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Microbiome-based therapeutics

Abstract

Symbiotic microorganisms inhabiting the gastrointestinal tract promote health by decreasing susceptibility to infection and enhancing resistance to a range of diseases. In this Review, we discuss our increasing understanding of the impact of the microbiome on the mammalian host and recent efforts to culture and characterize intestinal symbiotic microorganisms that produce or modify metabolites that impact disease pathology. Manipulation of the intestinal microbiome has great potential to reduce the incidence and/or severity of a wide range of human conditions and diseases, and the biomedical research community now faces the challenge of translating our understanding of the microbiome into beneficial medical therapies. Our increasing understanding of symbiotic microbial species and the application of ecological principles and machine learning are providing exciting opportunities for microbiome-based therapeutics to progress from faecal microbiota transplantation to the administration of precisely defined and clinically validated symbiotic microbial consortia that optimize disease resistance.

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Fig. 1: Classes of microbiome-based therapeutics.
Fig. 2: Major factors in using faecal microbiota transplantation treatment to restore the microbiome.
Fig. 3: Registered clinical trials using faecal microbiota transplantation.
Fig. 4: Generation of symbiotic microbial consortia.

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Acknowledgements

This work was supported by US NIH grants R01 AI095706, P01 CA023766, U01 AI124275, and R01 AI042135 to E.G.P. and the Duchossois Family Institute of the University of Chicago. M.T.S. was supported by a postdoctoral fellowship from the Canadian Institute for Health Research (FRN#152527) and a postdoctoral fellowship from Emerald Foundation Inc.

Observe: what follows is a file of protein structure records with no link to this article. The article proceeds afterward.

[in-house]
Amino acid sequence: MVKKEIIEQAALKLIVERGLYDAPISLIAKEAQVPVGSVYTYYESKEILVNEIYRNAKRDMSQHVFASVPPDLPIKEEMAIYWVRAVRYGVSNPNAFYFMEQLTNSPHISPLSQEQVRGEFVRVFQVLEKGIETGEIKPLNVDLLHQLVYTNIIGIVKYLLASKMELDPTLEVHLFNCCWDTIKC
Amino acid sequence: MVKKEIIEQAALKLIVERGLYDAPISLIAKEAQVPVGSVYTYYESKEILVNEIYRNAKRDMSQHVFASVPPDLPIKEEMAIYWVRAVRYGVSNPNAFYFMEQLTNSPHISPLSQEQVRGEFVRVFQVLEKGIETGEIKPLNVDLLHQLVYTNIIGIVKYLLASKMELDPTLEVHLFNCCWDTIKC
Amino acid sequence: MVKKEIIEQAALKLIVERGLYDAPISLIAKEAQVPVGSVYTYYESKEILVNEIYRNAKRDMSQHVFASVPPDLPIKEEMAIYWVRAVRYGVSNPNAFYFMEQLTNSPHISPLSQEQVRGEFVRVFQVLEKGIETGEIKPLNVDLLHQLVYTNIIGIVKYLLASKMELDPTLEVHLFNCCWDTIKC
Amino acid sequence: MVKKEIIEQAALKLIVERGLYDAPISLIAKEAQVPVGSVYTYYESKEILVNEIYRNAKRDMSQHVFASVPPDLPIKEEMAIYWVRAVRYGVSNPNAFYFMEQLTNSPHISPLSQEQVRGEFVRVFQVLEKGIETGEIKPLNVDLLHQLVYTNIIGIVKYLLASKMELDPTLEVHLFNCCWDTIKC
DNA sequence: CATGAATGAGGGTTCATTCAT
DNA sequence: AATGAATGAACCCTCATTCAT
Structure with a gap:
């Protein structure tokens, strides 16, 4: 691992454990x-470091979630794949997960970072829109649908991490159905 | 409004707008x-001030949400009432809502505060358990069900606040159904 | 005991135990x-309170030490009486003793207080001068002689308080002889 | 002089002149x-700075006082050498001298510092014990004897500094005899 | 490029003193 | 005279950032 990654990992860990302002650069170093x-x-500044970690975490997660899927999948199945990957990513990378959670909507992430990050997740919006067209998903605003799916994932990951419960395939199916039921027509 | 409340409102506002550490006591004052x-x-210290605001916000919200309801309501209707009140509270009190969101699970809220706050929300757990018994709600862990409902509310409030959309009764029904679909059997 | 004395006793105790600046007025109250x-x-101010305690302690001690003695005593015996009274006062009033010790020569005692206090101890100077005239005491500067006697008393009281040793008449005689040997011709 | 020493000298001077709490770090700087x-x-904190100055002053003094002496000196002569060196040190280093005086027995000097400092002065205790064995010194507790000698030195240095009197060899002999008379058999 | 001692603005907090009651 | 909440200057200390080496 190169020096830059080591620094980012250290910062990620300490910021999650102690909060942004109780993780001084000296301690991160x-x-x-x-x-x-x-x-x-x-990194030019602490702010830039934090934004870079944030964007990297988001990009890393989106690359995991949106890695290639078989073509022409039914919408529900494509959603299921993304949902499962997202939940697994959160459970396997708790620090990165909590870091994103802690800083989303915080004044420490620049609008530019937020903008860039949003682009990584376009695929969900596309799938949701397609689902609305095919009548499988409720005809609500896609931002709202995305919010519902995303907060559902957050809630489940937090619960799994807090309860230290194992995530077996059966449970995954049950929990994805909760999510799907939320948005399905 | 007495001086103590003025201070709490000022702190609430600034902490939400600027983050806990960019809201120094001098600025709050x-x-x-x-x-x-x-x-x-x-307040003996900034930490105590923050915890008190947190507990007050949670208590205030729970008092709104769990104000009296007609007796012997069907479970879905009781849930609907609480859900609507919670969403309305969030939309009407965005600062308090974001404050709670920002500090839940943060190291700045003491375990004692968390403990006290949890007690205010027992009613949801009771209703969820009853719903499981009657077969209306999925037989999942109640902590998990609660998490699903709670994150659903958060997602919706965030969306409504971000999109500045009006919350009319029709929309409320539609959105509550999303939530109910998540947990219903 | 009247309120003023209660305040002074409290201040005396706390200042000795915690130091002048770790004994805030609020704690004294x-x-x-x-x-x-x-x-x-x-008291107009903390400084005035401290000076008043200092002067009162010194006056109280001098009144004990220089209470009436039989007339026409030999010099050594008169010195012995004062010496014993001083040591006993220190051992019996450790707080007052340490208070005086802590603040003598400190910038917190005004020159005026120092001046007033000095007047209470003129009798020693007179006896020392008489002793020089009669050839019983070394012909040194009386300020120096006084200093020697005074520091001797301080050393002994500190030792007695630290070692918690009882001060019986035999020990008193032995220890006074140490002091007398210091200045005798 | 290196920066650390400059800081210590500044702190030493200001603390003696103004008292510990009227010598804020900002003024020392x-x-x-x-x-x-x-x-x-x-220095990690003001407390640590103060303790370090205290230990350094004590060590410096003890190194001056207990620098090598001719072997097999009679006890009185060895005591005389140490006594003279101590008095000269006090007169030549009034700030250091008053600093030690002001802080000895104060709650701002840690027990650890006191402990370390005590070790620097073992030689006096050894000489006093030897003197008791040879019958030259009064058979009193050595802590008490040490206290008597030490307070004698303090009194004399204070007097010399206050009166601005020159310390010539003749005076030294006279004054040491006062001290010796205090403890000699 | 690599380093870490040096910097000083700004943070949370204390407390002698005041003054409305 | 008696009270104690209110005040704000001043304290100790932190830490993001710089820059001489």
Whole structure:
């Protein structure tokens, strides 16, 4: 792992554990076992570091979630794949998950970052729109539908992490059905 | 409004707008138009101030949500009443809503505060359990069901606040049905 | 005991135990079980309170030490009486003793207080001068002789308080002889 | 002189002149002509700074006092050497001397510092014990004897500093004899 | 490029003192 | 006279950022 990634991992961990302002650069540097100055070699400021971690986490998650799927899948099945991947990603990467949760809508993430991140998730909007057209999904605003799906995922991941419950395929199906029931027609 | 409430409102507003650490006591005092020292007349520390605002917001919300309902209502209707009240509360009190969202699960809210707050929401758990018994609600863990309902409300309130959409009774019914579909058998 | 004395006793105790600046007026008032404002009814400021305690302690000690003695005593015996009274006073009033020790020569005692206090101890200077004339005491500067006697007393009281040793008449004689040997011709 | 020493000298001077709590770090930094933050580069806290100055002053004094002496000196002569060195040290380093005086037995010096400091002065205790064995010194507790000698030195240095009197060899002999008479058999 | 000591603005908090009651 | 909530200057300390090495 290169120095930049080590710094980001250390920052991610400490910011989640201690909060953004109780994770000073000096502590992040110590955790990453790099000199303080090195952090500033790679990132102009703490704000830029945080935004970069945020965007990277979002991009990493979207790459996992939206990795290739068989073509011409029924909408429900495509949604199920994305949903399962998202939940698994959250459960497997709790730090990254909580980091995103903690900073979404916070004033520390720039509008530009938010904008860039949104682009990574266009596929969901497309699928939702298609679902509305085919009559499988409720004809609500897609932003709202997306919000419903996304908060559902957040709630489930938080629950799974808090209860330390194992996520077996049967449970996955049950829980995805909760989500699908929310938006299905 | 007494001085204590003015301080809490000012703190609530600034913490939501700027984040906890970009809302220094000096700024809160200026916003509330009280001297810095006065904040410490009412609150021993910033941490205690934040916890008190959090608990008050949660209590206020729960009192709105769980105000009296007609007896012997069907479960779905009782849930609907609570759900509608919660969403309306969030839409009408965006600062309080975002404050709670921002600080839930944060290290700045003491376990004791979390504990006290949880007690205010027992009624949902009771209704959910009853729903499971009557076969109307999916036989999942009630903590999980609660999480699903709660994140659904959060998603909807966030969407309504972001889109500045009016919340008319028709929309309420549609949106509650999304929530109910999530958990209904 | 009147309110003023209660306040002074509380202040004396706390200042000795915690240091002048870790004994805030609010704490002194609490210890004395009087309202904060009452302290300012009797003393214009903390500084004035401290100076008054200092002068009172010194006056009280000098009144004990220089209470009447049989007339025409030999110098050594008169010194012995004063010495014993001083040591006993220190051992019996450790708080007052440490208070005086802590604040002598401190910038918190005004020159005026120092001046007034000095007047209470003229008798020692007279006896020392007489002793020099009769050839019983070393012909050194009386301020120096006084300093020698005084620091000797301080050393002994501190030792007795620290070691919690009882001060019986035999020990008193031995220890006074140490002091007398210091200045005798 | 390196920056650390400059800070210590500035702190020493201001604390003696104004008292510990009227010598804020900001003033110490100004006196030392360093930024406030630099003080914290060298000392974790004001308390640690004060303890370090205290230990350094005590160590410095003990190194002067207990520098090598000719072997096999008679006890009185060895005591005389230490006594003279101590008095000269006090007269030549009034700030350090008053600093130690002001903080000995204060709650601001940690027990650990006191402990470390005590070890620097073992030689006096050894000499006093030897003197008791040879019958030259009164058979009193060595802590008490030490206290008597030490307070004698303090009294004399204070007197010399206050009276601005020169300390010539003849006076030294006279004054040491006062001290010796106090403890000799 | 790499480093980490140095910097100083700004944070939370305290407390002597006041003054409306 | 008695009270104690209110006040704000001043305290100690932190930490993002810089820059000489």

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The authors contributed equally to all aspects of the article.

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Correspondence to Eric G. Pamer.

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Competing interests

E.G.P. serves on the advisory board of Diversigen, has received speaker honoraria from Bristol Myers Squibb, Celgene, Seres Therapeutics, MedImmune, Novartis and Ferring Pharmaceuticals, is an inventor on patent applications WPO2015179437A1, entitled “Methods and compositions for reducing Clostridium difficile infection”, and WO2017091753A1, entitled “Methods and compositions for reducing vancomycin-resistant enterococci infection or colonization”, and holds patents that receive royalties from Seres Therapeutics Inc. M.T.S. declares no competing interests.

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Glossary

Microbiota restoration

Re-establishment of the diversity, density and beneficial functions of the microbiota following perturbation.

Colonization resistance

Inhibition of exogenous species, including pathogens, by the resident microbiota.

Colitis

Inflammation occurring in the large intestine.

Engraftment

Establishment of a replicating, self-sustaining population of an introduced species or strain in a community.

Alpha diversity

Measure of community diversity within a sample based on taxonomic richness (number of species) and evenness.

Hepatic steatosis

A condition of non-alcoholic fatty liver disease defined by the accumulation of intrahepatic fat to greater than 5% of liver weight.

Bacteroicins

Short ribosomally synthesized antimicrobial peptides produced by bacteria that often target closely related species but are, in general, not harmful to producing bacteria owing to immune mechanisms.

Mucins

A family of large, highly glycosylated proteins secreted at mucosal surfaces. In the intestine, secreted mucins form a protective and selective barrier between epithelial cells and luminal contents.

Checkpoint immunotherapy

Cancer therapy that functions by promoting an antitumour immune response by targeting proteins such as CTLA4 or PD1/PDL1 that normally function to limit immune responses.

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Sorbara, M.T., Pamer, E.G. Microbiome-based therapeutics. Nat Rev Microbiol 20, 365–380 (2022). https://doi.org/10.1038/s41579-021-00667-9

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